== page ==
How Democrats And Republicans Are Reacting To The FBI Report On Kavanaugh

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Ford said "absolutely not" when Democratic Senator Dianne Feinstein asked her if it could be a case of mistaken identity, as Kavanaugh has suggested.

"I know that my tone was sharp, and I said a few things I should not have said", Kavanaugh wrote, framing his testimony as the result of his frustration with the process and his desire to clear his name after he had been accused of sexual assault - a charge which he categorically denied.

The confirmation of Supreme Court nominee Judge Brett Kavanaugh may be coming to a close, but the controversy surrounding Dr. Christine Blasey Ford appears to be ongoing.

A senior Senate Republican aide said there was growing confidence that Republican Senators Susan Collins and Flake and Democratic Senator Joe Manchin - all swing votes - would support Kavanaugh.

"Make no mistake, this investigation was rigged by the White House and Senate Republicans", said Sen.

Democratic Senator Dianne Feinstein noted that the Federal Bureau of Investigation did not interview Mr Kavanaugh himself or Christine Blasey Ford, a university professor from California who has accused Mr Kavanaugh of sexual assault in 1982.

But White House spokesman Raj Shah said: "What critics want is a never-ending fishing expedition into high school drinking".

Senate Judiciary Committee Chairman Chuck Grassley lashed out at reporters on Thursday, condemning what he called "bias" in the media.

Alaska Sen. Lisa Murkowski, said she was "still reviewing" her decision.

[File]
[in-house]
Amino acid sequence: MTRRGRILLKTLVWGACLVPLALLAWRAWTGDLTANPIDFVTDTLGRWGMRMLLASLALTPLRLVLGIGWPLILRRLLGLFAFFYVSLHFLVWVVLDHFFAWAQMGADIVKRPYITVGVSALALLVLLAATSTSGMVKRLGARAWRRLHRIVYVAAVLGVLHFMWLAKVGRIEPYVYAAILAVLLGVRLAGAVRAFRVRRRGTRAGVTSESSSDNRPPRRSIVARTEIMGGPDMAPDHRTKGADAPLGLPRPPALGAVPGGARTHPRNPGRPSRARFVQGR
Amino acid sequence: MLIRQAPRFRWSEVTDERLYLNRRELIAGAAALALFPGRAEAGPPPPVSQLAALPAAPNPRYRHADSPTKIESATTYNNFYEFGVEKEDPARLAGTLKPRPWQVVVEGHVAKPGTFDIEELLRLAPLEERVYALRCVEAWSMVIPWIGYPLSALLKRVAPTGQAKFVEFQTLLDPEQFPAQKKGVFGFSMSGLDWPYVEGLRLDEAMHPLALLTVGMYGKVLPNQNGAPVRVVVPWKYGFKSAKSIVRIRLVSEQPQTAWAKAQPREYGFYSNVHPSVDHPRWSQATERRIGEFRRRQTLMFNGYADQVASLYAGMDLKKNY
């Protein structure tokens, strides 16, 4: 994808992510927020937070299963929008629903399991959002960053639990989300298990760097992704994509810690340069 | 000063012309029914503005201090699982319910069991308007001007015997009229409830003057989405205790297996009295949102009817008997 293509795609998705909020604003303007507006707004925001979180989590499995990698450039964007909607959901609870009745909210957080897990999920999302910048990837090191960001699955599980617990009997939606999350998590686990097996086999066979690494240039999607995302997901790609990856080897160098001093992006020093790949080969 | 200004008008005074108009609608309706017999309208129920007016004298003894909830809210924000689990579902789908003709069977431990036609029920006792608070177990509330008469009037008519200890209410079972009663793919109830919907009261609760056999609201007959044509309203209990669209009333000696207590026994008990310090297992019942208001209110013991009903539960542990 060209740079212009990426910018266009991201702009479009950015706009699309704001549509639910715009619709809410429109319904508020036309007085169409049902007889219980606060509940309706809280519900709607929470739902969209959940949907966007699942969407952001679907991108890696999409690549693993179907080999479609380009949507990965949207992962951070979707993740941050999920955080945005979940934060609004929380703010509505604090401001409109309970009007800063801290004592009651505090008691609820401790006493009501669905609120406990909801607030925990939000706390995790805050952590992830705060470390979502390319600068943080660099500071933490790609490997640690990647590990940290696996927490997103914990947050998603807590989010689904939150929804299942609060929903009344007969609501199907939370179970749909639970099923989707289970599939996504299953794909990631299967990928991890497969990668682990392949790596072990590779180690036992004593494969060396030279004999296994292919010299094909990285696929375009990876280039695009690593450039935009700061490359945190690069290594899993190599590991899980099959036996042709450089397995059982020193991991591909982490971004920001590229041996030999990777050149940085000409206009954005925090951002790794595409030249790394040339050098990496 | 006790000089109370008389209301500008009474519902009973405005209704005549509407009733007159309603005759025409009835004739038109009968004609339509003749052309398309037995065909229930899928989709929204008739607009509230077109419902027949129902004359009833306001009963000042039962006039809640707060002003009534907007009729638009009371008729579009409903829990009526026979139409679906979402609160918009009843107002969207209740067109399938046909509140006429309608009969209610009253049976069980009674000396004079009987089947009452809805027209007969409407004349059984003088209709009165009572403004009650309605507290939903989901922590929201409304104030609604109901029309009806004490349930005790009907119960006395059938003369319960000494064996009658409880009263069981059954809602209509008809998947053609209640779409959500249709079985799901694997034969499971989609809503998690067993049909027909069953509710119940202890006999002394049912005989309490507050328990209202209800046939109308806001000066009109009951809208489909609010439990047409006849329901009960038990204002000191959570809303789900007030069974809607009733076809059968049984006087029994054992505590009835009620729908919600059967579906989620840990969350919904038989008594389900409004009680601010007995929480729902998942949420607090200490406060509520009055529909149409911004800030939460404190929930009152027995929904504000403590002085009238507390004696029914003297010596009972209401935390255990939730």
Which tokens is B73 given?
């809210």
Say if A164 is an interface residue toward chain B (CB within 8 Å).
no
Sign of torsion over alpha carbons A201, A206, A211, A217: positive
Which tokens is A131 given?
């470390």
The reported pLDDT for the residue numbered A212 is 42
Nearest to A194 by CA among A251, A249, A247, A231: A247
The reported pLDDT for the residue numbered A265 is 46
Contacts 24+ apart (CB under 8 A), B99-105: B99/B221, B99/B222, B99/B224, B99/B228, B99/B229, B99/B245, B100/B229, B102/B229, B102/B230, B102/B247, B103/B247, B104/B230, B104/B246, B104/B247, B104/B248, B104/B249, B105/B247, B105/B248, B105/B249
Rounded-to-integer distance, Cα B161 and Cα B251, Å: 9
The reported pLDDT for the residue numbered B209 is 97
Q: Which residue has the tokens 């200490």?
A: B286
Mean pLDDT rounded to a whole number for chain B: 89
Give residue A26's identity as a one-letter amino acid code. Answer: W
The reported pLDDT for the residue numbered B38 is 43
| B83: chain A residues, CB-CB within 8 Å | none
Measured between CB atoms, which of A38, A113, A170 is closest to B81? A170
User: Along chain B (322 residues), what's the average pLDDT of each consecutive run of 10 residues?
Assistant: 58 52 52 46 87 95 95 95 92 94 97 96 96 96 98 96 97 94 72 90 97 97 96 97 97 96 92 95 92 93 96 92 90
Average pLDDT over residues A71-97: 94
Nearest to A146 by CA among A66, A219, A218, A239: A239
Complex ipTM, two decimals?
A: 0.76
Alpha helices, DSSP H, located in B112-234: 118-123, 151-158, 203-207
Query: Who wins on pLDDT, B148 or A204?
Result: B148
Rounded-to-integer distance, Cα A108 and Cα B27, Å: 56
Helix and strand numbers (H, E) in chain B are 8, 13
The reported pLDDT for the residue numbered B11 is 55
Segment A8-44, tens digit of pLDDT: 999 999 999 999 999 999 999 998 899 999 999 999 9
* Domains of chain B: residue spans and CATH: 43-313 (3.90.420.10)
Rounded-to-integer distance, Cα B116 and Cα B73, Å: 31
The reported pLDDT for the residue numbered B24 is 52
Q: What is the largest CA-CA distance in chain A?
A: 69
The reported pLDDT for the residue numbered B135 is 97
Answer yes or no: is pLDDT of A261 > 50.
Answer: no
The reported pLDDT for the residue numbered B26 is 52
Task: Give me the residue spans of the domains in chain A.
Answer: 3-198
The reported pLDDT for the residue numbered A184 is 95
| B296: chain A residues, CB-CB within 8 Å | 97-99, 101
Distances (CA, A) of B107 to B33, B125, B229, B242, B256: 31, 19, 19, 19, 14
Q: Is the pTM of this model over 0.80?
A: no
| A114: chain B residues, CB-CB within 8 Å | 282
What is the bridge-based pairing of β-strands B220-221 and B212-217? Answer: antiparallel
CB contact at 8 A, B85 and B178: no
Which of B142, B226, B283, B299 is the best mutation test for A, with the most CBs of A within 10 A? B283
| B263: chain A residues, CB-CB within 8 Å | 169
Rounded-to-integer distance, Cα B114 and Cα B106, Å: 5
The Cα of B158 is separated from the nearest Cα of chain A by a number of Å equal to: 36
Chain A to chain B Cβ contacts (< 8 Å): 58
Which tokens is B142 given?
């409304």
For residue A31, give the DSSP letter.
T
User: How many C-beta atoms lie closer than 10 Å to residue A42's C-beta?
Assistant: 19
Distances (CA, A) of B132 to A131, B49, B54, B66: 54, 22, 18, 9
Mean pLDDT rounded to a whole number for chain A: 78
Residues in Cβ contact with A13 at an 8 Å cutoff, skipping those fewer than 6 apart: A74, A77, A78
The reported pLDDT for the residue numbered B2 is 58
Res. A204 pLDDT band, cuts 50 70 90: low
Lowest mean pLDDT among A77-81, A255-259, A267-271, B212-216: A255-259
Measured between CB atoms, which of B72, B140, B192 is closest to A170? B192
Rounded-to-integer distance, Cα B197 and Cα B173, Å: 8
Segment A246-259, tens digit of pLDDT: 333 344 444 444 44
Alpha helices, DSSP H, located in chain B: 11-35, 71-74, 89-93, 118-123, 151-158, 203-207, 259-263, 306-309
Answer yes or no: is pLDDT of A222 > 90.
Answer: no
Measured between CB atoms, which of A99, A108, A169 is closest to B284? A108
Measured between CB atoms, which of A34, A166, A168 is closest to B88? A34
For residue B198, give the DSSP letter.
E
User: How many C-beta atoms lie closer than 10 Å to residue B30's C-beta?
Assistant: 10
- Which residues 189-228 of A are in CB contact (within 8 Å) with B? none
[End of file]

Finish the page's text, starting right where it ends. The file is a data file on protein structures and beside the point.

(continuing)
Earlier Thursday, demonstrations also took place after an FBI report looking into allegations of sexual assault against the nominee was handed over to senators, with key potential Republican holdouts indicating approval of the investigation.

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Mr Trump said the protesters and "their rage-fuelled resistance is starting to backfire at a level nobody has ever seen before".

If confirmed, Kavanaugh would shift the nine-member bench markedly to the right for decades to come.

As protesters brandished signs that read "Kavanaugh lies" and "Never again" outside the steps of the supreme court, senators huddled behind closed doors in the Capitol on the other side of the street to digest the findings of an FBI investigation into the allegations against Kavanaugh.

The protesters include a loud contingent from ME, and they're calling on Susan Collins, a key Republican senator, to vote against Kavanaugh.

Three women have accused Mr Kavanaugh of sexual misconduct in separate incidents in the 1980s.

"A vote against Judge Kavanaugh tomorrow will be a vote for abusing the confirmation process and a good person, and it will be a vote for the shameful intimidation tactics that have been employed as part of an orchestrated smear campaign", he stated.

Demonstrators wait in-line to enter Hart Senate Office Building for a protest against the confirmation of Supreme Court nominee Judge Brett Kavanaugh. "We believe that all the Senate's questions have been addressed through this supplemental FBI investigation". Kavanaugh denies the allegations.

The Kavanaugh impact is much bigger for Democrats and can boost turnout in states with swing Senate and House seats in play.

Ford, a psychology professor at Palo Alto University in California, said over four hours of testimony that a drunken Kavanaugh attacked her and tried to remove her clothing at a gathering of teenagers when he was 17 years old and she was 15 in 1982.

"An FBI supplemental background investigation that did not include an interview of Dr. Christine Blasey Ford - nor the witnesses who corroborate her testimony - can not be called an investigation", her legal team said in a statement.

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